12. Radiation protection for particle accelerators

    International Nuclear Information System (INIS)

    Verdu, G.; Rodenas, J.; Campayo, J.M.

    1992-01-01

    It a a great number of medical installations in spain using particle accelerators for radiotherapy. It is obvious the importance of an accurate estimation of the doses produced in these installations that may be received by health workers, patients or public. The lower values of dose limits established in the new ICRP recommendations imply a recalculation of items concerning such installations. In our country, specific guidelines for radiation protection in particle accelerators facilities have not been yet developed, however two possible guides can be used, NCRP report number 51 and DIN Standard 6847. Both have been analyzed comparatively in the paper, and major remarks have been summarized. Interest has been focused on thickness estimation of shielding barriers in order to verify whether must be modified to comply with the new dose limits. Primary and secondary barriers for a Mevatron used in a Medical Center, have been calculated and the results have been compared with actual data obtained from the installation, to test the adequacy of shielding barriers and radioprotection policies. The results obtained are presented and analyzed in order to state the implications of the new ICRP recommendations. (author)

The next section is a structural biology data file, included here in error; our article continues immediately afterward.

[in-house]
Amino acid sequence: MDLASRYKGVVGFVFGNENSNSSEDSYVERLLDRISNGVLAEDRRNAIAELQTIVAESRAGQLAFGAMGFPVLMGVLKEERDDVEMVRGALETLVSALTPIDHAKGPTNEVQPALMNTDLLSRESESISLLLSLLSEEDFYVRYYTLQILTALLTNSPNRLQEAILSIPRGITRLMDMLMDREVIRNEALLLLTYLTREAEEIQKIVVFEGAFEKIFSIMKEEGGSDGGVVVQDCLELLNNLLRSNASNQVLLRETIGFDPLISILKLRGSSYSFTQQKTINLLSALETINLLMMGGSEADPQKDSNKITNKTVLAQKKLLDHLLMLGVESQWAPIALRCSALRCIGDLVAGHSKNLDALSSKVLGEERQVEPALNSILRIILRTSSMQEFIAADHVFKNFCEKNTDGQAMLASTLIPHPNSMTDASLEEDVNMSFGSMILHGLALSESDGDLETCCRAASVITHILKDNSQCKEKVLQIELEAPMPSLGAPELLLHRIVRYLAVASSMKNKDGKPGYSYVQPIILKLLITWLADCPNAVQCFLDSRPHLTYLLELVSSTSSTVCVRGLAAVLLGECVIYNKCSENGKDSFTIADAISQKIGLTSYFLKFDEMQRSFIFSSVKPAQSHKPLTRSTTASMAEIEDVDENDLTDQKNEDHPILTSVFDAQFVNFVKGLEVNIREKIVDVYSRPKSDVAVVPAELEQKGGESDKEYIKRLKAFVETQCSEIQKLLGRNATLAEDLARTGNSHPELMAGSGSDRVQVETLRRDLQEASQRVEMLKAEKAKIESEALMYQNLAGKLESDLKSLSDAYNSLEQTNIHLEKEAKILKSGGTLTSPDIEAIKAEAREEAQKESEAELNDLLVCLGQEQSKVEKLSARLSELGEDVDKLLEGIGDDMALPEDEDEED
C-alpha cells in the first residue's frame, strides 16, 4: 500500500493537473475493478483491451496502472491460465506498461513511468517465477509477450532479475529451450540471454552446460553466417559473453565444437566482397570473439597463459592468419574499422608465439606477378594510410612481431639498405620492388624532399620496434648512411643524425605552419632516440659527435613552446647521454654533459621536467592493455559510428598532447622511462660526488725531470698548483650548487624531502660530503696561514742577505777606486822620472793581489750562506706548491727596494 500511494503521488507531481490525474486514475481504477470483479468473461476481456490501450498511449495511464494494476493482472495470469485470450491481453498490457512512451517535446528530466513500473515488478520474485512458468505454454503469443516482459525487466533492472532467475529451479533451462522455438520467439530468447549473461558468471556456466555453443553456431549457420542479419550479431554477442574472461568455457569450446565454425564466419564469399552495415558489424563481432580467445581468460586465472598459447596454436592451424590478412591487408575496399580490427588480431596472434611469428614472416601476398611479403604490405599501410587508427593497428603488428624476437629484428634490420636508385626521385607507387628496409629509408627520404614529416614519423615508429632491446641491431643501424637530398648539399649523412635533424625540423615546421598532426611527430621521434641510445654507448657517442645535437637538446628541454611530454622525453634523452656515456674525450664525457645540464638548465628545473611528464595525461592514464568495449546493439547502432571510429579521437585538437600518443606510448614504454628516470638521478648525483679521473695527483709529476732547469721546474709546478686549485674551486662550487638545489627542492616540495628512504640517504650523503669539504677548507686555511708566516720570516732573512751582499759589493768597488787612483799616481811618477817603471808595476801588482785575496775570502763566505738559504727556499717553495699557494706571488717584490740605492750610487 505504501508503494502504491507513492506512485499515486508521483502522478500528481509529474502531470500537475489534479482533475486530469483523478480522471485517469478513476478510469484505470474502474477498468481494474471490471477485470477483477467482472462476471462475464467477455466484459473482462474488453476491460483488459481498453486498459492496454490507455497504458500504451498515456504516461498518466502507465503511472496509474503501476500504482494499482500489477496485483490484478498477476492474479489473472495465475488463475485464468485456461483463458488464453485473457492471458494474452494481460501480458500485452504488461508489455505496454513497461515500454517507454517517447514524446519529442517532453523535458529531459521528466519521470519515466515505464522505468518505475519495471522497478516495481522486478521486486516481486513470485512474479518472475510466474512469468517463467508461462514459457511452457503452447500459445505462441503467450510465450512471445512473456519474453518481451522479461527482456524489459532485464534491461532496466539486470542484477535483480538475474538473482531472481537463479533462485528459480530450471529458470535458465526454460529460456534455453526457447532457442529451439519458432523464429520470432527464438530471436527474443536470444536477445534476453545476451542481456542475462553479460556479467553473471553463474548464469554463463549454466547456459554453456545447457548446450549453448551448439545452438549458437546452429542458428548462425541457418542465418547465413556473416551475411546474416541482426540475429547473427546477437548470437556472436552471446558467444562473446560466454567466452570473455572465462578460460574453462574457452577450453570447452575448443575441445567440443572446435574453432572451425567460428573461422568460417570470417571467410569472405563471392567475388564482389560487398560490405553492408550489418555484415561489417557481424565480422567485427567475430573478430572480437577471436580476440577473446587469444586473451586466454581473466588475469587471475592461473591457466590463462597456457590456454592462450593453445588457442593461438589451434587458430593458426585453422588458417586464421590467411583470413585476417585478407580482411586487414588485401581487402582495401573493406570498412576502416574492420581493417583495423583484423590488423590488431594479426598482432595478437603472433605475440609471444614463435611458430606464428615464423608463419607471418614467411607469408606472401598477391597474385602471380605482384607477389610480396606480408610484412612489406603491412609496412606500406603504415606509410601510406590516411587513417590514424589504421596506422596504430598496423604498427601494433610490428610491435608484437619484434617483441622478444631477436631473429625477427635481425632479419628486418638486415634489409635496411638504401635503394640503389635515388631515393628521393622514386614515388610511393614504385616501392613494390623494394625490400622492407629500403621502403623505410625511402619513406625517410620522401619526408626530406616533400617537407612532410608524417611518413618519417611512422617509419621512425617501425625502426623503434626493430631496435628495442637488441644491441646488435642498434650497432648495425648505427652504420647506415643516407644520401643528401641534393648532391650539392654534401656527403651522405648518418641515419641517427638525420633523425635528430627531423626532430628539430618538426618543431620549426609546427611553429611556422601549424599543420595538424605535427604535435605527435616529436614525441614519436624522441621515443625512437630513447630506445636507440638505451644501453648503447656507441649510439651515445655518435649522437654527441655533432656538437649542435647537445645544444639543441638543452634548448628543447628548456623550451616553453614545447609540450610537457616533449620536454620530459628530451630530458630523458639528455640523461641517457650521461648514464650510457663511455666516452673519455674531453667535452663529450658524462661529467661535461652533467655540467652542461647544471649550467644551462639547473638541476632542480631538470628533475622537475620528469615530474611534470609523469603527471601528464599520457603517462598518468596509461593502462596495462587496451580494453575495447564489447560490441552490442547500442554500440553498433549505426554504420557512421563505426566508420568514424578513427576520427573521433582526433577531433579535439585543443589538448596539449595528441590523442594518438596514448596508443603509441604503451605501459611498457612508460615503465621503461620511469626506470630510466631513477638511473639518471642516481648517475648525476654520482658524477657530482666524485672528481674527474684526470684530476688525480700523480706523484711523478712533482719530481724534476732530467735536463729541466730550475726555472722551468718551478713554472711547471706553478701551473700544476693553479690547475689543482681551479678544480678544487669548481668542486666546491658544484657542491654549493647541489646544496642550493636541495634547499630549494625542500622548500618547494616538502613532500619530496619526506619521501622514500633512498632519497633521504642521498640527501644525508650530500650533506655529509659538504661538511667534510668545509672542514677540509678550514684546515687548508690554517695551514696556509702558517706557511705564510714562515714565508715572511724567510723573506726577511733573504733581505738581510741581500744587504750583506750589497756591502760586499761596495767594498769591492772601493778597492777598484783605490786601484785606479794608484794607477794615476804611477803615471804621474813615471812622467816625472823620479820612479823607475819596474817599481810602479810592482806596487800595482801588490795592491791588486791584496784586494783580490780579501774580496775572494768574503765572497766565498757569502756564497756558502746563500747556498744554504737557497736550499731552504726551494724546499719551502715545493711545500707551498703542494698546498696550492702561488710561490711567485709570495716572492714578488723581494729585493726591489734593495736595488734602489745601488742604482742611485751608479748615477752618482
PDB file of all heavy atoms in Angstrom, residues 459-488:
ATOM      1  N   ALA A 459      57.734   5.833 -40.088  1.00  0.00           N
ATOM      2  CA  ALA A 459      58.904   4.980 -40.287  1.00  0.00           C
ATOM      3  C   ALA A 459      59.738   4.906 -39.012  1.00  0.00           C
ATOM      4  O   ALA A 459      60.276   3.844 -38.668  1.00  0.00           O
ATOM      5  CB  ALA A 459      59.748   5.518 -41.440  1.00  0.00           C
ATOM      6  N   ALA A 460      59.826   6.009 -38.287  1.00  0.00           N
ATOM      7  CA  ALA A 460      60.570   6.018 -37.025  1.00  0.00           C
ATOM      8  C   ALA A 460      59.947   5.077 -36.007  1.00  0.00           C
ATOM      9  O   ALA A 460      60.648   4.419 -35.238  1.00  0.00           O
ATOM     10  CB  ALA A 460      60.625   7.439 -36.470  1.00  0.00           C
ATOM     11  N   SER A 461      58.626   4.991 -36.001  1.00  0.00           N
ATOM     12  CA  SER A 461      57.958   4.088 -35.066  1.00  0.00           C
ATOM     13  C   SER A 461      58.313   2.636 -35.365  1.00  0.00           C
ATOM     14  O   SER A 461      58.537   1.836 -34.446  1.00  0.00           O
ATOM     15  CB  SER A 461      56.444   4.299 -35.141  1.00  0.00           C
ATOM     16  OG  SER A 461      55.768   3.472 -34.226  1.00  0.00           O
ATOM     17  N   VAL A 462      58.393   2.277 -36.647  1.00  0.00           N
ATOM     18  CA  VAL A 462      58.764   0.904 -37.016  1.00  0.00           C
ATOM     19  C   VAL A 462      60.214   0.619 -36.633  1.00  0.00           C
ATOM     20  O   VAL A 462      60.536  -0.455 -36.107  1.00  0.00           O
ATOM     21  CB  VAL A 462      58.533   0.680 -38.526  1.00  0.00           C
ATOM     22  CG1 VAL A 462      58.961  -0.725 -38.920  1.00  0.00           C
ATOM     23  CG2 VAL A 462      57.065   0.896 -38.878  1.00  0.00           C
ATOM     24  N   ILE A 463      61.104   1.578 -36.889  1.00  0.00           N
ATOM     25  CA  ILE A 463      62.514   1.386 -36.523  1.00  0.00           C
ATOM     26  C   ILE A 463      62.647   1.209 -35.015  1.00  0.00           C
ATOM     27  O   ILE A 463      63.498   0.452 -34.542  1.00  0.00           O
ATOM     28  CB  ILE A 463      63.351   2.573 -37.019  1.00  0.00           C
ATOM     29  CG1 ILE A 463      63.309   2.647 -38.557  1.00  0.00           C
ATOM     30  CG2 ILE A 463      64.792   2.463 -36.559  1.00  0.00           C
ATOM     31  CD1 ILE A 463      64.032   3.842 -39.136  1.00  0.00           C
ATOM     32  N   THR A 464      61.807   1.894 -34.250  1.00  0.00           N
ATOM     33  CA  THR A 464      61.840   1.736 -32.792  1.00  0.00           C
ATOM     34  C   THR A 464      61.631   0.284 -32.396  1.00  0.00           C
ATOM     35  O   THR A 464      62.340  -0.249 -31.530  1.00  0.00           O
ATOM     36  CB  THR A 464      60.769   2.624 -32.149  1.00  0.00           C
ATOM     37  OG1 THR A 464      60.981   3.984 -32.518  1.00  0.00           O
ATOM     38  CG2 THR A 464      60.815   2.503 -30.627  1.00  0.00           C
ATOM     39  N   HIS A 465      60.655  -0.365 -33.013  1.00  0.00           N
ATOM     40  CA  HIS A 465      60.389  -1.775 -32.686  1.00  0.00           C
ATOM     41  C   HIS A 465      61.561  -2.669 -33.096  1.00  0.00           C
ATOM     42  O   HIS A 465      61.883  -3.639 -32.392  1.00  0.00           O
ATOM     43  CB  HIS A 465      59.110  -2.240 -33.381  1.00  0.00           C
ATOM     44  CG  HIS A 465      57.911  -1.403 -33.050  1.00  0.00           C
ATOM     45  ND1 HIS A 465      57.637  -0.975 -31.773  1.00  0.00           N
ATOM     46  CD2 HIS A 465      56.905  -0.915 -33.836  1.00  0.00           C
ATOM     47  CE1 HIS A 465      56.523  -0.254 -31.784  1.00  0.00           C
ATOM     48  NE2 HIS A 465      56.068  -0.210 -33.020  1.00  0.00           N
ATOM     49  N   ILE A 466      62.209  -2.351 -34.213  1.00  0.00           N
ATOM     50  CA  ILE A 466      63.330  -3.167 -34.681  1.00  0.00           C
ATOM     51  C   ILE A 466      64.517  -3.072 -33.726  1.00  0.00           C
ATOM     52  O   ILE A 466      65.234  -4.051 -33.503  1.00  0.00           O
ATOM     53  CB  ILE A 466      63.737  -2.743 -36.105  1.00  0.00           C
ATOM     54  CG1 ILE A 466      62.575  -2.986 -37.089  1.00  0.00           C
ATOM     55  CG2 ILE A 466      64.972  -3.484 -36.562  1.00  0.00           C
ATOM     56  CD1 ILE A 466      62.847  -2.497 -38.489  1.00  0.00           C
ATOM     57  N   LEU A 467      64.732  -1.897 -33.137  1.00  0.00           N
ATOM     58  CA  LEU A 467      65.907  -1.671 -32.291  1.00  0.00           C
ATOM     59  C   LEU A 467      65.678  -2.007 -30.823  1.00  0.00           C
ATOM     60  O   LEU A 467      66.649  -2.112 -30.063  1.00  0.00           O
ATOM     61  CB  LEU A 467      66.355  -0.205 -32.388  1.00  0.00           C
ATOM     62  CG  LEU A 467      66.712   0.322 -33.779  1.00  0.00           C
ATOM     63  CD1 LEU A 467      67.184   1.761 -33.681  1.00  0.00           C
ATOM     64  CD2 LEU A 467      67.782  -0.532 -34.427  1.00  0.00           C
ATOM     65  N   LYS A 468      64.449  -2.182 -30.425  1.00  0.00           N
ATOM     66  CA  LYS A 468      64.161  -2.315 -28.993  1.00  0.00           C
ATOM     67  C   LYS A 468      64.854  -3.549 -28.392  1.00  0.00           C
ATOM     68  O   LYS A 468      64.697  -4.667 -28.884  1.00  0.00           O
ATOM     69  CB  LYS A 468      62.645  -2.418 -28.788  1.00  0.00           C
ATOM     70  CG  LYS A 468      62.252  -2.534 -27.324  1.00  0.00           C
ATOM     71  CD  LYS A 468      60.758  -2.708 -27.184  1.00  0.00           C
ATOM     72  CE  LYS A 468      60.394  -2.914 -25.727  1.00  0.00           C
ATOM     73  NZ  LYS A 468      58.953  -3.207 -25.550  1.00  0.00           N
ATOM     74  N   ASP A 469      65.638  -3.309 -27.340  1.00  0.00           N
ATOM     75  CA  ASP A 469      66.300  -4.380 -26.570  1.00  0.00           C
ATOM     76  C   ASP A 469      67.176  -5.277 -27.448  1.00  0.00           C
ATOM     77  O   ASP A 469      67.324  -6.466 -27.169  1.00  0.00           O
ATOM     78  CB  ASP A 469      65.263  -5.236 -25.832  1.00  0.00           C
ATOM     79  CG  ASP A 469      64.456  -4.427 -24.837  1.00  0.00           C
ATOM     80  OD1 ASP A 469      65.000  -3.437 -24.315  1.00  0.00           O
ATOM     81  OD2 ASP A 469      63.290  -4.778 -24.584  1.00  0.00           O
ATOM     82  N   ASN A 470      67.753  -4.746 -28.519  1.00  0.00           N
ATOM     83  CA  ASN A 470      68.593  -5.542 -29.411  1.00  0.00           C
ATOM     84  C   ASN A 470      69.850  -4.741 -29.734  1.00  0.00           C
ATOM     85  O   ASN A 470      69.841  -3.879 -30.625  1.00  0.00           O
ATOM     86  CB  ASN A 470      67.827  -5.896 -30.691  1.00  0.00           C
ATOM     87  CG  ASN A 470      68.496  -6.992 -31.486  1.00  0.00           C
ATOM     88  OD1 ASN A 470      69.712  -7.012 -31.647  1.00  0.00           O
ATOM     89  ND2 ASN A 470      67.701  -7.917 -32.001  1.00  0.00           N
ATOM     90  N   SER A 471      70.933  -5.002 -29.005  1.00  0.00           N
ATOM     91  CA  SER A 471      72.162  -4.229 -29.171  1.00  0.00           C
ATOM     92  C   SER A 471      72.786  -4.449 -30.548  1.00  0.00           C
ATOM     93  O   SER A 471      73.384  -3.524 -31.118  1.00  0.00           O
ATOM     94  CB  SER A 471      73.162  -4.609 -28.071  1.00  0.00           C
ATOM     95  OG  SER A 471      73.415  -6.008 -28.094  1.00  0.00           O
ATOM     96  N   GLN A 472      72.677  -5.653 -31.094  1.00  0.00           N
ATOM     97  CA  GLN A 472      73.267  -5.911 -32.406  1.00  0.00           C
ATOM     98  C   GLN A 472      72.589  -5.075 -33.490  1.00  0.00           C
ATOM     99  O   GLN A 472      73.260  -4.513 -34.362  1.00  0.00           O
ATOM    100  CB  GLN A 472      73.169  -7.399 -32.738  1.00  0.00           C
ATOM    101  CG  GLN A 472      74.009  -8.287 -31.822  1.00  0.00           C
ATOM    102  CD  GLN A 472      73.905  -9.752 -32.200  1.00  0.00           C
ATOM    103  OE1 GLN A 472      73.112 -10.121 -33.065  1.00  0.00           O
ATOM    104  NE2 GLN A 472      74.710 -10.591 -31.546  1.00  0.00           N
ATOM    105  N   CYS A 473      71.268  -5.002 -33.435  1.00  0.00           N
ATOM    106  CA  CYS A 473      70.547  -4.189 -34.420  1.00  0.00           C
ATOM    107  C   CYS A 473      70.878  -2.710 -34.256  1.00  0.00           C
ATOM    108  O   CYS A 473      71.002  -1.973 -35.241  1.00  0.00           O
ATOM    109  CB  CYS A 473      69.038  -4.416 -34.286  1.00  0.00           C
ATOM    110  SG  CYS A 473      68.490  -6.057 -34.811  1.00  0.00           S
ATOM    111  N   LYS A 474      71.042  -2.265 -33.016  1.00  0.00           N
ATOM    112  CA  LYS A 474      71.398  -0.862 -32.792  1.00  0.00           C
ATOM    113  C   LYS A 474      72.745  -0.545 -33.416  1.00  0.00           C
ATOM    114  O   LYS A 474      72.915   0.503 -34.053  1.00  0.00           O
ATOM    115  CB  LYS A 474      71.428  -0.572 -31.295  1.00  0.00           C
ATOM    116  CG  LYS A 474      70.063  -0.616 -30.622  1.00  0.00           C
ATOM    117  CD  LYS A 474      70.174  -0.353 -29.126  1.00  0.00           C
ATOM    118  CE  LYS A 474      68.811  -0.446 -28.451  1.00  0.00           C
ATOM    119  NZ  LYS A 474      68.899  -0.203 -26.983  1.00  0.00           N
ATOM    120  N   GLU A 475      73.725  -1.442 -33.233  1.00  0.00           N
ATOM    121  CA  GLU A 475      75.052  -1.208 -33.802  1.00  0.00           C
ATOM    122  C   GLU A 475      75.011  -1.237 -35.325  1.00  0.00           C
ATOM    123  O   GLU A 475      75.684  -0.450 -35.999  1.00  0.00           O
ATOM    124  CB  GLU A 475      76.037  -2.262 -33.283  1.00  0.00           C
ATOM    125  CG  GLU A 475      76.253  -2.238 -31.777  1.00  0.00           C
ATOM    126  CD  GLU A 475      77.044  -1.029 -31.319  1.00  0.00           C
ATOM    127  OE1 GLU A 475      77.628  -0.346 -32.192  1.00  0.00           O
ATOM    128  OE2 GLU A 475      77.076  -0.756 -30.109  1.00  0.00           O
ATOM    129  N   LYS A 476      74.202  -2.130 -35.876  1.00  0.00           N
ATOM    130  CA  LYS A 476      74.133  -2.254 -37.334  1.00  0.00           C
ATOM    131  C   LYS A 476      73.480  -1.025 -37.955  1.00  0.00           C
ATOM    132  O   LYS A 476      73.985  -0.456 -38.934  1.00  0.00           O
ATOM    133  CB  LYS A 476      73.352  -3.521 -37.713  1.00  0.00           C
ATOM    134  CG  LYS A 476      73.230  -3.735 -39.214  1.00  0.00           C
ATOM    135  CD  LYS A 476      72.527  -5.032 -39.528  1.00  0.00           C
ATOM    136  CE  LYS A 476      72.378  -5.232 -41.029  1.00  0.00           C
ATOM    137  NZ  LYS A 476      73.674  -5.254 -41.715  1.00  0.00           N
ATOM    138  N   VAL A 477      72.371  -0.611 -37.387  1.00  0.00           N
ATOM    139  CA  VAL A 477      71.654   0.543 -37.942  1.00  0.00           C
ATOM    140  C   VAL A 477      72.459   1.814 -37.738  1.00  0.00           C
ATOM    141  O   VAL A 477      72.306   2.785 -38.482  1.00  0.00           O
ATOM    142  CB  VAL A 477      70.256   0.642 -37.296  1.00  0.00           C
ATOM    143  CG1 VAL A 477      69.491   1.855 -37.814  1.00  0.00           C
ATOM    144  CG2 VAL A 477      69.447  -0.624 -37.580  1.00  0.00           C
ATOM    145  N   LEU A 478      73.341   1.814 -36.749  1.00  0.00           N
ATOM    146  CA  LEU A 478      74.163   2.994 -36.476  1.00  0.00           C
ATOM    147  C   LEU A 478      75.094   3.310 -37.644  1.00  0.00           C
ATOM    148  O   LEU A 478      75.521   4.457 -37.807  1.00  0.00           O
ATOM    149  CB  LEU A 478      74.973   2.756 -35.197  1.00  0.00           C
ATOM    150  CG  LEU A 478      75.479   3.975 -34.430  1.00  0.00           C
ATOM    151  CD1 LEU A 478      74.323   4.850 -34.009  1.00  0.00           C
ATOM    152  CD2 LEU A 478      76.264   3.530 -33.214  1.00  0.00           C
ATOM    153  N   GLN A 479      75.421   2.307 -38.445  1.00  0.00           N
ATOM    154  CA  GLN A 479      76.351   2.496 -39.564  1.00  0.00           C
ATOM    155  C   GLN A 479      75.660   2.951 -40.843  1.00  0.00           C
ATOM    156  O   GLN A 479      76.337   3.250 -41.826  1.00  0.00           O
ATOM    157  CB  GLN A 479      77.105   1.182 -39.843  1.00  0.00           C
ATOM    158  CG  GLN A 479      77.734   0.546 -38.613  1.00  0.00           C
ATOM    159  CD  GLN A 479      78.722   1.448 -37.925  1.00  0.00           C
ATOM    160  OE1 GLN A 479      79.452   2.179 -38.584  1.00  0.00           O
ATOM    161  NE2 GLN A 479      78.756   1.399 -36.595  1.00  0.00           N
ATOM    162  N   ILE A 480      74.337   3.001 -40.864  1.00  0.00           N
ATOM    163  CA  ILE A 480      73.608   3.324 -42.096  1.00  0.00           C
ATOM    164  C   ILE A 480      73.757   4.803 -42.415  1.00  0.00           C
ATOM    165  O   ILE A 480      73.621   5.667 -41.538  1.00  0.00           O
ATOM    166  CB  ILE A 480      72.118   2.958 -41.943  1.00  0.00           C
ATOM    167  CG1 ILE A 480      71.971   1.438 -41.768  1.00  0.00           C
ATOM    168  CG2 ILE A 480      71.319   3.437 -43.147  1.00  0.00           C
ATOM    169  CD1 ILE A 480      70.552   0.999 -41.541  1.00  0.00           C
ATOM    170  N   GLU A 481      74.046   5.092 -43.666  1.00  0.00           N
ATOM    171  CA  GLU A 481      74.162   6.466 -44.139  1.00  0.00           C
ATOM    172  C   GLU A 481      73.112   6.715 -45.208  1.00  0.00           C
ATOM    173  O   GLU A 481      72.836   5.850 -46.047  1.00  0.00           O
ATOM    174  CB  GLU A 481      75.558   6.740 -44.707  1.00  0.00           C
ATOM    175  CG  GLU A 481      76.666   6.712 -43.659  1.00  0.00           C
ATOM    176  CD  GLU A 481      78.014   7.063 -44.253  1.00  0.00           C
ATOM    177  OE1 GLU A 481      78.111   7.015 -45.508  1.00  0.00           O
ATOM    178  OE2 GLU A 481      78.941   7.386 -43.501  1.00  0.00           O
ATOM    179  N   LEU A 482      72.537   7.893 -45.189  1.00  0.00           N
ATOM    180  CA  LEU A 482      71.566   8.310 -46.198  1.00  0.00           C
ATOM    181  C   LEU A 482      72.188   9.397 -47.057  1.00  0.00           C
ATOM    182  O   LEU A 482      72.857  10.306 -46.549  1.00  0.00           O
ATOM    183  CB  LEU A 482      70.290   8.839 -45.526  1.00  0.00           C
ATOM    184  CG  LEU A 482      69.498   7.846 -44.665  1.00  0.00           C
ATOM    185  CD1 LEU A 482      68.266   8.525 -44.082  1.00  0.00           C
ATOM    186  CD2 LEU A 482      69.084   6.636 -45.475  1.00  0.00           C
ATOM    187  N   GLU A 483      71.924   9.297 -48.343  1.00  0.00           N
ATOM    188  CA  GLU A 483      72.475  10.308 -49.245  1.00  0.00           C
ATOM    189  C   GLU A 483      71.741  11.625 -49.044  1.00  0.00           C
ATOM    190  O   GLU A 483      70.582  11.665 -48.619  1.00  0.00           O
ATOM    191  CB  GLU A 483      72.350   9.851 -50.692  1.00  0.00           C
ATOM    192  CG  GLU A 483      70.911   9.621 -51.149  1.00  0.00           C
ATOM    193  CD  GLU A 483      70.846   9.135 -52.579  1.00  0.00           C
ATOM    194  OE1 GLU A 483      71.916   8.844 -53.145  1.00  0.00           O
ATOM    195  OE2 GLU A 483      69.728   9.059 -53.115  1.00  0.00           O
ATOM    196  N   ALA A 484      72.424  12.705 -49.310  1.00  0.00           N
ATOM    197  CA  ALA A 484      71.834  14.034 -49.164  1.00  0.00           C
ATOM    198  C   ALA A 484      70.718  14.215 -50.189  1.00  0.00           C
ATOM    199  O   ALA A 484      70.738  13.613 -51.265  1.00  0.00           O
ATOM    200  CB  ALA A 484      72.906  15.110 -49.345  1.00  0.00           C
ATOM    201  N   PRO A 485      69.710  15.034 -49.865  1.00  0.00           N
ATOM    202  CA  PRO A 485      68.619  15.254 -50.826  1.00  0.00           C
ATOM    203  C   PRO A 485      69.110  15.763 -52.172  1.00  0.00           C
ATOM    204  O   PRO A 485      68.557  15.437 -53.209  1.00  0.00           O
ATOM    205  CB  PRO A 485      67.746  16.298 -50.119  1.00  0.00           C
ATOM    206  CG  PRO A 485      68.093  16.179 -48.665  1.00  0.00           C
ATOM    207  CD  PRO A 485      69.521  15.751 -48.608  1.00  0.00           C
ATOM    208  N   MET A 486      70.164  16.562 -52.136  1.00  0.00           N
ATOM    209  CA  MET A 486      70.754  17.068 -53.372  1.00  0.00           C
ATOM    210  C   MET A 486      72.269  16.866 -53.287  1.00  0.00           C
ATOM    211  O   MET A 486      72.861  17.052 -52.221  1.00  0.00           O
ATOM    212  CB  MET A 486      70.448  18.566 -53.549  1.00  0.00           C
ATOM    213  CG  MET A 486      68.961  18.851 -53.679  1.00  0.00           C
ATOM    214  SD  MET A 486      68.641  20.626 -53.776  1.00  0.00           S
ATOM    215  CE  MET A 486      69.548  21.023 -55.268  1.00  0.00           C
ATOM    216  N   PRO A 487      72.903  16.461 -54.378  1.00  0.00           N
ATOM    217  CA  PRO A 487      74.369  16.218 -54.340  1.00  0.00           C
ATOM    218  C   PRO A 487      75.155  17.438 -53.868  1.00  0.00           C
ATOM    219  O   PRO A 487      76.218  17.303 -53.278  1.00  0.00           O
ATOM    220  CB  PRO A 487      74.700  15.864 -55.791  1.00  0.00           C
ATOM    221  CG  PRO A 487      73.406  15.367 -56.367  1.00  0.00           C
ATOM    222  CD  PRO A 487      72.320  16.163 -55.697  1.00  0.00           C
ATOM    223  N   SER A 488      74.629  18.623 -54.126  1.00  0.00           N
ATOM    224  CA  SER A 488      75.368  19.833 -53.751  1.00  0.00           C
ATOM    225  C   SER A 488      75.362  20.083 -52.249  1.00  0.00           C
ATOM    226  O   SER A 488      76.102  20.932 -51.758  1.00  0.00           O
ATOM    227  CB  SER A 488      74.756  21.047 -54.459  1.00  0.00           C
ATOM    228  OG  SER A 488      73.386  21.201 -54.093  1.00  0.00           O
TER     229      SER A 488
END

13. Melatonin as Protection Against Radiation Injury

    DEFF Research Database (Denmark)

    Zetner, D.; Andersen, L. P H; Rosenberg, J.

    2016-01-01